How Pajar Canada Is Adapting Its Old-School Values for Today’s Tech-Driven World

Pajar Canada is known for keeping people warm in boots, outerwear and accessories for more than 50 years. Now the family-owned business is adapting its old-school values to an ever-changing business climate that includes a focus on technology both product- and businesswise.

Here, president and CEO Jacques Golbert talks about steering an independent business while exploring opportunities on a global scale.

First job in the industry: 

“During my time at shoe school in Romans, France, my father had friends in  the business there. He got me a job as a salesperson and stock boy at a shoe store. Besides learning how to make patterns and lasts, I worked at the store on weekends with stock on the floor — a new concept in the 1970s.”

My leadership style:

“Participative and democratic. While most important final decisions rest with me and/or upper management, I value the input and opinions of all employees. It’s imperative for maintaining a constant creative and innovative environment, as well as high employee morale. My desk is in an open setting in the center of the office, where everyone walks by. My employees — some of whom have been with us for over 20 years — know I’m [always] accessible, so there’s no lag in solving daily challenges.”

My work regimen:

“Being one of the first to arrive at the office gives me a great head start on my day, to assess the challenges and think ahead to tomorrow.”

Most challenging part of my job:

“Finding the right ways to be an innovator in the industry. We strive to be  trendsetters who provide not only fashionable products and our true Canadian lifestyle but also the best manufacturing process to ensure we deliver outstanding performance, technology and comfort.”

Balancing a family business:

“My children know their strengths and roles. My eldest son, Michel, is excellent at the day-to-day management of employees and business relations. David is  personable and an exceptional salesperson, which makes him an excellent asset at trade shows and product presentations. My daughter, Elise, is the creative mind, full of innovative ideas and concepts, running the marketing department.”

Opportunity that got away:

“I like to think that in life, everything happens for a reason. I don’t want to look back on anything with regrets, because the truth is, every perceived failure in life is a learning experience. Don’t look back and wonder, ‘What if?’ Instead, look toward the future and ask yourself, ‘What did I learn from this?’”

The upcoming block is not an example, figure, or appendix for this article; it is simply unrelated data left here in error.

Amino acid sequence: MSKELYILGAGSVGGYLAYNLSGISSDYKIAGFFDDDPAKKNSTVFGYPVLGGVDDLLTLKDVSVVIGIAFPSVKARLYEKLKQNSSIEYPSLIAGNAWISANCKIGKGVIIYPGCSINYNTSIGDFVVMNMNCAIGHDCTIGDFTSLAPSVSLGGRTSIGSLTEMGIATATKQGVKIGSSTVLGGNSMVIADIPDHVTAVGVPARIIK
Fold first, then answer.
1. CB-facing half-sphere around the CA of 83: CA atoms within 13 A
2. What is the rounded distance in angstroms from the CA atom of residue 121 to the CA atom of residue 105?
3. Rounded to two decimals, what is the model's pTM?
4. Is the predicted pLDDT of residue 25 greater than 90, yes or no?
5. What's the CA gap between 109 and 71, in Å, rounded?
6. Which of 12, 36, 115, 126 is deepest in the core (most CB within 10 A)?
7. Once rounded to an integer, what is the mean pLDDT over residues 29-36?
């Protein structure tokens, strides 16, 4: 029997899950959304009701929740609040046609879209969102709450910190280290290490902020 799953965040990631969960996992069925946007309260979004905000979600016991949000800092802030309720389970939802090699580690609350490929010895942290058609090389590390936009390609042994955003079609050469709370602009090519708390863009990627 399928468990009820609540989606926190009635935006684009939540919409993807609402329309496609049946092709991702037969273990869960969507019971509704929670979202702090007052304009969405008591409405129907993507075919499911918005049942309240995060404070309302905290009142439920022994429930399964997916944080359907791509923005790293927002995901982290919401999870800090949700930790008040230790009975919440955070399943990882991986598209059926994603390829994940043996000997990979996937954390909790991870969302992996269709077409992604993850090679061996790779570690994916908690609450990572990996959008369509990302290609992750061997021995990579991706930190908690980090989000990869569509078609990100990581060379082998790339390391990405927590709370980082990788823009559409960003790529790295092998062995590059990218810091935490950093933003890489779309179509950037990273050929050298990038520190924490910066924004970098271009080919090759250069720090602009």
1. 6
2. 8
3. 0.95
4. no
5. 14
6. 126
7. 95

Advice to the next generation entering the business:

“Recognize that although fashionable products can provide instant success, the secret to long-term success is to create a lasting brand reputation. A product shouldn’t simply be a trend. Create a name that’s synonymous with quality, comfort and innovation. Do whatever it takes to surround yourself with the right people to become a leader and trendsetter.”

Five-year business plan:

“Nourish our current relationships as well as implement the continued growth of our online platform. Our outerwear division has seen rapid growth from its inception just a few years ago. I’m excited to see the continued development of our brand  globally and adding new categories with cold-weather accessories, including bags, as well as widening our footprint with a new line of activewear.”

Biggest changes in the industry:

“The advancement in technology and prevalence of social media. Social media has created a world of fashion without borders. Bloggers and influencers can propel a small local brand into a big worldwide craze. We’ve had to rapidly adapt to new methods of engaging our audience, and in the last five years, we’ve gained  tremendous traction through our social media presence.”

Winding down:

“I love to play guitar, and our family gets together for dinner and sings along to some oldies but goodies.”

Preferred communication:

“My go-to channel is the phone because a written message can be misconstrued. A conversation is personal, and your tone is not open to interpretation.”

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